Diagram of 80 South Street proposal, via Oceanwide Holdings
After a long-planned but never executed plan to develop buildings at 80 South Street and 163 Front Street in the South Street Seaport, the site’s owner has officially filed demolition permits at both buildings, Curbed learned. As 6sqft previously covered, the Howard Hughes Corporation sold 80 South Street to China Oceanwide Holdings for $390 million last March. Although the developer hasn’t released construction plans yet, the building is expected to be 113 stories tall, reaching an impressive 1,436 feet (to give you an idea of just how tall this is, 432 Park is 1,396 feet tall, and One World Trade Center is 1,368 feet tall by roof height).
More details ahead
Carter Uncut brings New York City’s latest development news under the critical eye of resident architecture critic Carter B. Horsley. This week Carter brings us his fourth installment of “Skyline Wars,” a series that examines the explosive and unprecedented supertall phenomenon that is transforming the city’s silhouette. In this post Carter looks at the evolution of the Lower Manhattan skyline.
Lower Manhattan at the start of the Great Depression was the world’s most famous and influential skyline when 70 Pine, 20 Exchange Place, 1 and 40 Wall Street, and the Woolworth and Singer buildings inspired the world with their romantic silhouettes in a relatively balanced reach for the sky centered around the tip of Lower Manhattan.
Midtown was not asleep at the switch and countered with the great Empire State, the spectacular Chrysler and 30 Rockefeller Plaza but they were scattered and could not topple the aggregate visual power and lure of Lower Manhattan and its proverbial “view from the 40th floor” as the hallowed precinct of corporate America until the end of World War II.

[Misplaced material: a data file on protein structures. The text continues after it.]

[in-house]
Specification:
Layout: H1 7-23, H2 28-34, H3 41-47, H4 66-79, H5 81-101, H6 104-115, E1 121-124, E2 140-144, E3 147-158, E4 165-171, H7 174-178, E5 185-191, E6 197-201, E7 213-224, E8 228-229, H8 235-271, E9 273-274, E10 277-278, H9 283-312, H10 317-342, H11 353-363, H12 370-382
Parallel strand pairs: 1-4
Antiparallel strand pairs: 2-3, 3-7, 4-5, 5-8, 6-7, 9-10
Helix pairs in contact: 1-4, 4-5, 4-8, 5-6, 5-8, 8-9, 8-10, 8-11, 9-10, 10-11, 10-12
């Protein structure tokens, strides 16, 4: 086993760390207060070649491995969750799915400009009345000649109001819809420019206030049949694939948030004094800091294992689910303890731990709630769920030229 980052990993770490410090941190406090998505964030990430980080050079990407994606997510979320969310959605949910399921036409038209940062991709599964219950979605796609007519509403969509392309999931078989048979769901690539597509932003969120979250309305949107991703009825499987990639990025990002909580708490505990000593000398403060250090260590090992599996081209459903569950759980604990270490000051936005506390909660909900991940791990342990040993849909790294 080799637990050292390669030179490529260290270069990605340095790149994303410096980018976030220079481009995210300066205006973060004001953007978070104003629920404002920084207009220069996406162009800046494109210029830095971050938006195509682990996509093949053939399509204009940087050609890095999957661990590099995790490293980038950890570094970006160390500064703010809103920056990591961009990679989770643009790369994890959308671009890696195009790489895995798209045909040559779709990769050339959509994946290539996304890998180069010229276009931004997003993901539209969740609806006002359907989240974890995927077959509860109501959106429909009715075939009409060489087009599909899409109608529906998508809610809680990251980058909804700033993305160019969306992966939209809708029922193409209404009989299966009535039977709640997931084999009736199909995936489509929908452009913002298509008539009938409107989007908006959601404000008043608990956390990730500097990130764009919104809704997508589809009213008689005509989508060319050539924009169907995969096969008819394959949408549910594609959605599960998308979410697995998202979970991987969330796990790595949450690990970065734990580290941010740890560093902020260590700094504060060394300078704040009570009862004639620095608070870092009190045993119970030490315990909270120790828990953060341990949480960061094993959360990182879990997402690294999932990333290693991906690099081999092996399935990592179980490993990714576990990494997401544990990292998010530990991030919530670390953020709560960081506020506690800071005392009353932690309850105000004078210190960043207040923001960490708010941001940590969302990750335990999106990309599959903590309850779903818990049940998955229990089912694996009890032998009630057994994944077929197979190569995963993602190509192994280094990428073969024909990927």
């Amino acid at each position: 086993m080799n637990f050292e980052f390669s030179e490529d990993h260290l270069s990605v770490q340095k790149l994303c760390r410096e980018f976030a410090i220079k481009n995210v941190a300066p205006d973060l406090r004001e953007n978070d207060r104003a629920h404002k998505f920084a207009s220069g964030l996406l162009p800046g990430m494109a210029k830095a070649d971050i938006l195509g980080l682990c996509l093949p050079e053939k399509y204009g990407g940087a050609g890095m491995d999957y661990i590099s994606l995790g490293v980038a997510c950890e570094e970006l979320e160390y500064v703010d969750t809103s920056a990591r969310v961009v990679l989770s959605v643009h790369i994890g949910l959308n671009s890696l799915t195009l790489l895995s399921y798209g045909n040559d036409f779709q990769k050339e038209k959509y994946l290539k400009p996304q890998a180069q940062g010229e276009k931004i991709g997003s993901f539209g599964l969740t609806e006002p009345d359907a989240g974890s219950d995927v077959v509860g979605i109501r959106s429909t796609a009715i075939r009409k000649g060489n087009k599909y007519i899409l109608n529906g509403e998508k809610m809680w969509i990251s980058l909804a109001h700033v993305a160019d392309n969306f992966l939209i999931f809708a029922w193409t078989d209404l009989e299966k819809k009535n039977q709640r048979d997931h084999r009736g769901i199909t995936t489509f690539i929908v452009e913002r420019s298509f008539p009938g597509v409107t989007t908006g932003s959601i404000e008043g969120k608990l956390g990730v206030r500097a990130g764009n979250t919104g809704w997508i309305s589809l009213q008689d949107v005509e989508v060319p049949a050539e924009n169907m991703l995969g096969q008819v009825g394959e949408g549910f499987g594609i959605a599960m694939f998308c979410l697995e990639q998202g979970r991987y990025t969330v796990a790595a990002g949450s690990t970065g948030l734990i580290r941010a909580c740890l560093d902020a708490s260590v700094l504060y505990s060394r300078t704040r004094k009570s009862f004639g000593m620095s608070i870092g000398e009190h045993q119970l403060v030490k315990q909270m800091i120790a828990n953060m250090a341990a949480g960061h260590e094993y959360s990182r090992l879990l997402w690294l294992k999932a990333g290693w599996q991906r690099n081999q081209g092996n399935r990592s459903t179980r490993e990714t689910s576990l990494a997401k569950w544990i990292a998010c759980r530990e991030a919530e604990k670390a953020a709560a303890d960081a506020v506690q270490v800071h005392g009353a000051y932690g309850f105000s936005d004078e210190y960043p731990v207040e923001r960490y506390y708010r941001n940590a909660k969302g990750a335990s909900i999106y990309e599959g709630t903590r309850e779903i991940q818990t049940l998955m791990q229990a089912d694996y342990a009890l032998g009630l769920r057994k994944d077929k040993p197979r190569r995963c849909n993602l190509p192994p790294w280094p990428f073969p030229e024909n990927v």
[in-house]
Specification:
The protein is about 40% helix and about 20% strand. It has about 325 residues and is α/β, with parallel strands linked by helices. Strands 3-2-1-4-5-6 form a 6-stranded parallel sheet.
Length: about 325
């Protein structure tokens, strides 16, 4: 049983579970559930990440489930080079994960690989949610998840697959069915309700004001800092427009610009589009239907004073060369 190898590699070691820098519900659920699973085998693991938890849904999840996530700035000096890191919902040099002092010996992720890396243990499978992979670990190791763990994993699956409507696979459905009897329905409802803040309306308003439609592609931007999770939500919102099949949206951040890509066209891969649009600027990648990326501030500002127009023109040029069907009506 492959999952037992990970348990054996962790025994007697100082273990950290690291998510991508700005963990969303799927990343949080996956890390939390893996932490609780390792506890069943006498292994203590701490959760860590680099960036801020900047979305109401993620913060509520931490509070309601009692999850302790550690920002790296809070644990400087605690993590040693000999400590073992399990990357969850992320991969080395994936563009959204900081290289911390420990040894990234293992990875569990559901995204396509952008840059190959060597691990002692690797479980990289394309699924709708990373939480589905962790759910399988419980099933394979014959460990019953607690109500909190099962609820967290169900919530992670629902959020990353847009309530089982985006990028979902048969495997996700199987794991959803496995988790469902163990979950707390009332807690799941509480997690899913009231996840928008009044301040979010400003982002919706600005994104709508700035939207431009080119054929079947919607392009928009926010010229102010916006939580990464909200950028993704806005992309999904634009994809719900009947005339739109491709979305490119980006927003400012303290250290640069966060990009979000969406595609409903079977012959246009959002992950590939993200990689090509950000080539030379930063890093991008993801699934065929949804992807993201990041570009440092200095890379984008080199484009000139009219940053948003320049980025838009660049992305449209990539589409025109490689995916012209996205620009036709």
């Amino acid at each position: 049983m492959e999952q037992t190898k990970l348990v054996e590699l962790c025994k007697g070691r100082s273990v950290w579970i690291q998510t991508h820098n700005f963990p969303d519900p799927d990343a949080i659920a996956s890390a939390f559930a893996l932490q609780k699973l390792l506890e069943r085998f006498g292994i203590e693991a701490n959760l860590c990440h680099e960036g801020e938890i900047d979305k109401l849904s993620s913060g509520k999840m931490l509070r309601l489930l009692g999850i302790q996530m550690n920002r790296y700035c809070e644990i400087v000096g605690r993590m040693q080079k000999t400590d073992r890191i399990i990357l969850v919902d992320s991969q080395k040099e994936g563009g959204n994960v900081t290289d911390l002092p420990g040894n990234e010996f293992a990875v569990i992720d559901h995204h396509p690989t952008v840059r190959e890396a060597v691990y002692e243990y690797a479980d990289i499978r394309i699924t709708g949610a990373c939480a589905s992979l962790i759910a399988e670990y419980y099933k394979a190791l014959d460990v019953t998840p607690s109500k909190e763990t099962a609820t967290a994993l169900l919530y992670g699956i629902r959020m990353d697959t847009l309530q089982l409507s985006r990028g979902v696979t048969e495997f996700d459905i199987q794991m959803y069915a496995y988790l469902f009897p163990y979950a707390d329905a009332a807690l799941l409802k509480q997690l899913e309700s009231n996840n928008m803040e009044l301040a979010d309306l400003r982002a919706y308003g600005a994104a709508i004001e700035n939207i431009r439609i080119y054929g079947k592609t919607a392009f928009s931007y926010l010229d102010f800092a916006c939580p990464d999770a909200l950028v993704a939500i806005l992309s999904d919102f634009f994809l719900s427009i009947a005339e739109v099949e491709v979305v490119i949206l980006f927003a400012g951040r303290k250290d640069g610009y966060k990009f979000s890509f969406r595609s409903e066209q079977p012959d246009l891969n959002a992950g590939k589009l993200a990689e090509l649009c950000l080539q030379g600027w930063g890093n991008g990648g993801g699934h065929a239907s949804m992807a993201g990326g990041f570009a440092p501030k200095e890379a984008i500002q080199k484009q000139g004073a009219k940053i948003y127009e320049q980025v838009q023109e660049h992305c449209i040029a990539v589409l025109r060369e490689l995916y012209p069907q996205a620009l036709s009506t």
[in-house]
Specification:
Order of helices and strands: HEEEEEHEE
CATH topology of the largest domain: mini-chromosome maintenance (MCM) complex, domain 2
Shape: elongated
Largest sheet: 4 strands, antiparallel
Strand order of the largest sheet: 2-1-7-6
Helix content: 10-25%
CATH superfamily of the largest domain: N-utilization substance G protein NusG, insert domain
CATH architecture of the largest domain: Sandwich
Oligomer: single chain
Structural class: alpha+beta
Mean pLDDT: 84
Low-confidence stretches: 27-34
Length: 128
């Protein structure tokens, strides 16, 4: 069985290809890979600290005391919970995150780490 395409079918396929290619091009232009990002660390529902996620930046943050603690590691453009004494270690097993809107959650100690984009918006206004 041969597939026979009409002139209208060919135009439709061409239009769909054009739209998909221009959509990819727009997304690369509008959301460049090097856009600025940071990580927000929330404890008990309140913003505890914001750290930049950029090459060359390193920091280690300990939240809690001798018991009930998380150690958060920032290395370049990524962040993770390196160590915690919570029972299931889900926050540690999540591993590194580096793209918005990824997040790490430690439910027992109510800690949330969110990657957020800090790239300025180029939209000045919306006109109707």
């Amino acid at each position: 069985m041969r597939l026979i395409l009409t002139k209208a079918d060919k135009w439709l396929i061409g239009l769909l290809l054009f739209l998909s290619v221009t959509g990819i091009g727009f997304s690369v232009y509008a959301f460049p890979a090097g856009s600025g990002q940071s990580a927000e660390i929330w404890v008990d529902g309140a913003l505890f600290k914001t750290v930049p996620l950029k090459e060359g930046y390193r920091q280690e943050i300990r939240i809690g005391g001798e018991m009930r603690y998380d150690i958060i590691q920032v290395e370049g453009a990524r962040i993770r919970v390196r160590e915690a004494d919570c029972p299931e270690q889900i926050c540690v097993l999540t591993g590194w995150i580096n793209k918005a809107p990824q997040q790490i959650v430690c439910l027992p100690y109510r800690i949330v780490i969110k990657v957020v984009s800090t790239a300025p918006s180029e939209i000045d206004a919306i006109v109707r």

The convenience and elegance of Midtown, however, became increasingly irresistible to many.
More on the the history of Lower Manhattan and what’s in store
The sale of 80 South Street from Howard Hughes Corp. to China Oceanwide Holdings has been finalized, reports The Real Deal. The $390 million deal was first announced in August, but closing was contingent on Howard Hughes transferring an additional 303,113 square feet in air rights to the address after already securing 104,167 square feet. With this, 80 South Street’s development potential has grown to 817,784 square feet and a tower of 1,436 feet (to put this in perspective, 432 Park is 1,396 feet tall, while 1 WTC is 1,368 feet tall by roof height) with 113 floors could soon rise on the site which has sat in redevelopment limbo for over a decade.
Rendering created by CityRealty based on the reported height
There’s no slowing down the city’s supertall boom. Crain’s reports yet another 1,000-foot plus tall tower could soon be joining the New York City skyline, rising at the combined sites of 80 South Street and 163 Front Street. Chinese investment company China Oceanwide Holdings released a statement saying they would be purchasing the development parcels for $390 million through a U.S. subsidiary from current owner Howard Hughes Corporation. The new tower will sit just south of the South Street Seaport, and amid a grouping of other tall, but not quite as tall, towers.
FInd out more here
We recently brought you parts one and two of our tallest residential skyscrapers series, which totaled 63 projects poised to scrape the sky. But this list doesn’t even take into consideration the development boom occurring in Jersey City, unreleased plans on the drawing board, and the numerous office and hotel projects also rising throughout the city. So here you have it, part three of the series to complete our look at NYC skyscrapers.
Check out the list here